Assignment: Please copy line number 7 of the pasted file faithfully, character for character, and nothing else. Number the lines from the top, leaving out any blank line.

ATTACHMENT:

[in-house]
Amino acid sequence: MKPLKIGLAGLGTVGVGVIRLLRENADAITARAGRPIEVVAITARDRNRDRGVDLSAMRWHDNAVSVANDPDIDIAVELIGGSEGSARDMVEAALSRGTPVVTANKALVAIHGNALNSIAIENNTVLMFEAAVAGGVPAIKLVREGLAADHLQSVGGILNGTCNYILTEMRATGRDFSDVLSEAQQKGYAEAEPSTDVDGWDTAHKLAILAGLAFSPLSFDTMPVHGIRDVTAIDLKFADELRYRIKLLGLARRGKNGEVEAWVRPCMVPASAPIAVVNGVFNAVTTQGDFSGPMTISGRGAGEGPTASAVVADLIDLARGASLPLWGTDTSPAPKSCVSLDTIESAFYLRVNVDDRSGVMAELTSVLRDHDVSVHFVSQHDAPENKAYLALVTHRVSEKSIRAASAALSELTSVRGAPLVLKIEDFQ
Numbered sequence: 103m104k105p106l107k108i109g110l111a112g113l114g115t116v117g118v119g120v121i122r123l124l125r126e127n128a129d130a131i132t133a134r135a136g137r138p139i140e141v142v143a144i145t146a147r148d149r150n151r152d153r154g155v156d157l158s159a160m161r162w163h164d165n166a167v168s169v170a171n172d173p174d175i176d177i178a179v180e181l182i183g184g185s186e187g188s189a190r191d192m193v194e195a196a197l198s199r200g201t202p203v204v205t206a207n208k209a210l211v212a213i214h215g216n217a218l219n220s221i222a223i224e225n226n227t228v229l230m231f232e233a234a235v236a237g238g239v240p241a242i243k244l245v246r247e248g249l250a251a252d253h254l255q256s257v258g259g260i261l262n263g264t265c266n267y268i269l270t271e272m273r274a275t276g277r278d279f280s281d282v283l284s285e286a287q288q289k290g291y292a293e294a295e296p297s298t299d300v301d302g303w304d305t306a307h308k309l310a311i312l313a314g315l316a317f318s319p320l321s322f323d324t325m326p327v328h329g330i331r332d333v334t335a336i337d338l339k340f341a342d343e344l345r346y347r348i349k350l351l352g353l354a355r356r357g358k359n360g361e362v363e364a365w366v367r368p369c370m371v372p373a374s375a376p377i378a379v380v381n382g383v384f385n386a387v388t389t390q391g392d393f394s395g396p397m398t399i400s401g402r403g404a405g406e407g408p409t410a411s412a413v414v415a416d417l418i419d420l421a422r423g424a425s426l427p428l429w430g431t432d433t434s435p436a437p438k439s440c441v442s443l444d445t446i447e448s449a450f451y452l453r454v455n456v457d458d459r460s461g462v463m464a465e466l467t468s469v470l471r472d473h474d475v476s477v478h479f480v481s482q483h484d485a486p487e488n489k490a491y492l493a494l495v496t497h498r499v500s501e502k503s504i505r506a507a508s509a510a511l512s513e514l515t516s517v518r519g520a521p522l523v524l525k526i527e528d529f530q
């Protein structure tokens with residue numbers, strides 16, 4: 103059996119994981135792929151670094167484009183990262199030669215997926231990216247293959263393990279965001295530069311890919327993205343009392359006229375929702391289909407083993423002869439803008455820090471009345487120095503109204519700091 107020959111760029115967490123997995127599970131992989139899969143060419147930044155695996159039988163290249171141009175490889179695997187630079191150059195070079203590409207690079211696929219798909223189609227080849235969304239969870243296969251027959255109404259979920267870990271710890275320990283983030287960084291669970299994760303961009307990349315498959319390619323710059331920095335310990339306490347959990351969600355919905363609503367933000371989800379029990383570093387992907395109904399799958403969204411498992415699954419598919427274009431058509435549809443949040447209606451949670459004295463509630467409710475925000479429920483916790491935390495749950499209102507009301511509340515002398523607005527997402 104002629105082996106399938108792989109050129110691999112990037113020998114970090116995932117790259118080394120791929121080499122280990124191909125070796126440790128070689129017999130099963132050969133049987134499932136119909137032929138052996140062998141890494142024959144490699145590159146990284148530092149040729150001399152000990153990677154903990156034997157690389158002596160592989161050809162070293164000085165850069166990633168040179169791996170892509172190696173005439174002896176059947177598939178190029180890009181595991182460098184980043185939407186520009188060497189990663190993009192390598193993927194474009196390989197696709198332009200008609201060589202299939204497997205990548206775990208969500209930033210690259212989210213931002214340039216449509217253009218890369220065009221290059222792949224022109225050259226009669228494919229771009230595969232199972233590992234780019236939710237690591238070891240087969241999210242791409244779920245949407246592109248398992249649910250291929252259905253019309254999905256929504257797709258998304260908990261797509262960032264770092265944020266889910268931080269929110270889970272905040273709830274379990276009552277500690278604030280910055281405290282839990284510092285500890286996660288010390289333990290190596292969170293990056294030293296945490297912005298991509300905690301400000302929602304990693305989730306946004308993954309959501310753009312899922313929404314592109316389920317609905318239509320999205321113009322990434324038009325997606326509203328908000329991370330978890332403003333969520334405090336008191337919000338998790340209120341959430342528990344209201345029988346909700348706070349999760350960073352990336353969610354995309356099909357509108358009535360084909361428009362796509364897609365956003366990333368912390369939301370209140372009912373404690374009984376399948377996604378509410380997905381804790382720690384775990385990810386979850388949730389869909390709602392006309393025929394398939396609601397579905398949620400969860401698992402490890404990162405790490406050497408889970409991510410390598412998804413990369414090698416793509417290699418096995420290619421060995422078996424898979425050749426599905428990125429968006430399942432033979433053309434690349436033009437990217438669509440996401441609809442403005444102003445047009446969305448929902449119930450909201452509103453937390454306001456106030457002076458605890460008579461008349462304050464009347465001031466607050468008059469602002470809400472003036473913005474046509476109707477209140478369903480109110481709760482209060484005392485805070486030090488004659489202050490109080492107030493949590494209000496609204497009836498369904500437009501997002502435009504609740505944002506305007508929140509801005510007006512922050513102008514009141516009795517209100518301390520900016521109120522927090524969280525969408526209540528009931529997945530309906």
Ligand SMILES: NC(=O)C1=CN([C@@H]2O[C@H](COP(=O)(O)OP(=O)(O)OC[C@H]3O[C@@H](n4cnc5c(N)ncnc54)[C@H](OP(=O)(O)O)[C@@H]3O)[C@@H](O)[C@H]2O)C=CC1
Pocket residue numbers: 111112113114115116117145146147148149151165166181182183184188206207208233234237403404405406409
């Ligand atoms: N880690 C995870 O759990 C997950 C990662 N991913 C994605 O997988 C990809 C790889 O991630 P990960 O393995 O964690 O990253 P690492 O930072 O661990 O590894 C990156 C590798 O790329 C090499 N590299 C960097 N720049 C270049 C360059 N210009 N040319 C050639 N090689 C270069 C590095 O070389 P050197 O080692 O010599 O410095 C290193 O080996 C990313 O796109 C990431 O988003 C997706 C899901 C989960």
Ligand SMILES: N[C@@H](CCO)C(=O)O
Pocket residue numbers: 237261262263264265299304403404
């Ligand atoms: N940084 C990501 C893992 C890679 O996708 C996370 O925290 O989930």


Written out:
């Ligand atoms: N880690 C995870 O759990 C997950 C990662 N991913 C994605 O997988 C990809 C790889 O991630 P990960 O393995 O964690 O990253 P690492 O930072 O661990 O590894 C990156 C590798 O790329 C090499 N590299 C960097 N720049 C270049 C360059 N210009 N040319 C050639 N090689 C270069 C590095 O070389 P050197 O080692 O010599 O410095 C290193 O080996 C990313 O796109 C990431 O988003 C997706 C899901 C989960």